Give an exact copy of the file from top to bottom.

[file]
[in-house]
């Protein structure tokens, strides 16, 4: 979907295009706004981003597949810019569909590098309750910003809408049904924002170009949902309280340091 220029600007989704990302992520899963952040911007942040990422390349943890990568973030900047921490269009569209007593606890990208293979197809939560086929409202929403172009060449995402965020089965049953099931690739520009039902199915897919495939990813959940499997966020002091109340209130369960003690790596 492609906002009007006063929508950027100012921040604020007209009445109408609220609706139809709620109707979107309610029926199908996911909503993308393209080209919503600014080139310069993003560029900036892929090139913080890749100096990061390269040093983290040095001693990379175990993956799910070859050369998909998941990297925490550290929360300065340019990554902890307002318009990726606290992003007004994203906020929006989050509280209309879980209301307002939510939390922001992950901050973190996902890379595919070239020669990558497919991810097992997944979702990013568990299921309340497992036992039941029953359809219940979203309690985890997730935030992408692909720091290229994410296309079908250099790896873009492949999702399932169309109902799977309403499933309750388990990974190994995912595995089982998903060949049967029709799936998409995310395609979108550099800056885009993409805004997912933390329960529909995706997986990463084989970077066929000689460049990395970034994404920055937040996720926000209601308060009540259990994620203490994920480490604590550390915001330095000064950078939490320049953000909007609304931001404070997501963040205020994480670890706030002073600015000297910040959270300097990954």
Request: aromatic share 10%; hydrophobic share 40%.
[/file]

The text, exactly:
[in-house]
């Protein structure tokens, strides 16, 4: 979907295009706004981003597949810019569909590098309750910003809408049904924002170009949902309280340091 220029600007989704990302992520899963952040911007942040990422390349943890990568973030900047921490269009569209007593606890990208293979197809939560086929409202929403172009060449995402965020089965049953099931690739520009039902199915897919495939990813959940499997966020002091109340209130369960003690790596 492609906002009007006063929508950027100012921040604020007209009445109408609220609706139809709620109707979107309610029926199908996911909503993308393209080209919503600014080139310069993003560029900036892929090139913080890749100096990061390269040093983290040095001693990379175990993956799910070859050369998909998941990297925490550290929360300065340019990554902890307002318009990726606290992003007004994203906020929006989050509280209309879980209301307002939510939390922001992950901050973190996902890379595919070239020669990558497919991810097992997944979702990013568990299921309340497992036992039941029953359809219940979203309690985890997730935030992408692909720091290229994410296309079908250099790896873009492949999702399932169309109902799977309403499933309750388990990974190994995912595995089982998903060949049967029709799936998409995310395609979108550099800056885009993409805004997912933390329960529909995706997986990463084989970077066929000689460049990395970034994404920055937040996720926000209601308060009540259990994620203490994920480490604590550390915001330095000064950078939490320049953000909007609304931001404070997501963040205020994480670890706030002073600015000297910040959270300097990954």
Request: aromatic share 10%; hydrophobic share 40%.